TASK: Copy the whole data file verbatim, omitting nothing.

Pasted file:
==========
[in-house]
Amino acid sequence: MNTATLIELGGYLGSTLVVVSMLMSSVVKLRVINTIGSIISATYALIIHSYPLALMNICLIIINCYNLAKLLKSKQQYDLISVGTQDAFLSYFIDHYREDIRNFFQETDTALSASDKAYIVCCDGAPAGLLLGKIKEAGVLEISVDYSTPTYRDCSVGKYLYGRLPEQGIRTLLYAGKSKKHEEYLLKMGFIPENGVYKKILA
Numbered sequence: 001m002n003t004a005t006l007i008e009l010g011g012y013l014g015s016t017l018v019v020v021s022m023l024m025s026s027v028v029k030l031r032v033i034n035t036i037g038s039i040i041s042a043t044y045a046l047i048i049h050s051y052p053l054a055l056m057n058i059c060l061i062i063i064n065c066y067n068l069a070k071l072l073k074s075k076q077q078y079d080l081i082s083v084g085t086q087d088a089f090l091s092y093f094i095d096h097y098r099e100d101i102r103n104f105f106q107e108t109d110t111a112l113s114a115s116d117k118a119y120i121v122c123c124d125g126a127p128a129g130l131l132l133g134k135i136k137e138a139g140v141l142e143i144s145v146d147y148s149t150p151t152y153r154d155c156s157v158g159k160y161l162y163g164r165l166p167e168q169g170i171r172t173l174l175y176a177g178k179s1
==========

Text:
[in-house]
Amino acid sequence: MNTATLIELGGYLGSTLVVVSMLMSSVVKLRVINTIGSIISATYALIIHSYPLALMNICLIIINCYNLAKLLKSKQQYDLISVGTQDAFLSYFIDHYREDIRNFFQETDTALSASDKAYIVCCDGAPAGLLLGKIKEAGVLEISVDYSTPTYRDCSVGKYLYGRLPEQGIRTLLYAGKSKKHEEYLLKMGFIPENGVYKKILA
Numbered sequence: 001m002n003t004a005t006l007i008e009l010g011g012y013l014g015s016t017l018v019v020v021s022m023l024m025s026s027v028v029k030l031r032v033i034n035t036i037g038s039i040i041s042a043t044y045a046l047i048i049h050s051y052p053l054a055l056m057n058i059c060l061i062i063i064n065c066y067n068l069a070k071l072l073k074s075k076q077q078y079d080l081i082s083v084g085t086q087d088a089f090l091s092y093f094i095d096h097y098r099e100d101i102r103n104f105f106q107e108t109d110t111a112l113s114a115s116d117k118a119y120i121v122c123c124d125g126a127p128a129g130l131l132l133g134k135i136k137e138a139g140v141l142e143i144s145v146d147y148s149t150p151t152y153r154d155c156s157v158g159k160y161l162y163g164r165l166p167e168q169g170i171r172t173l174l175y176a177g178k179s1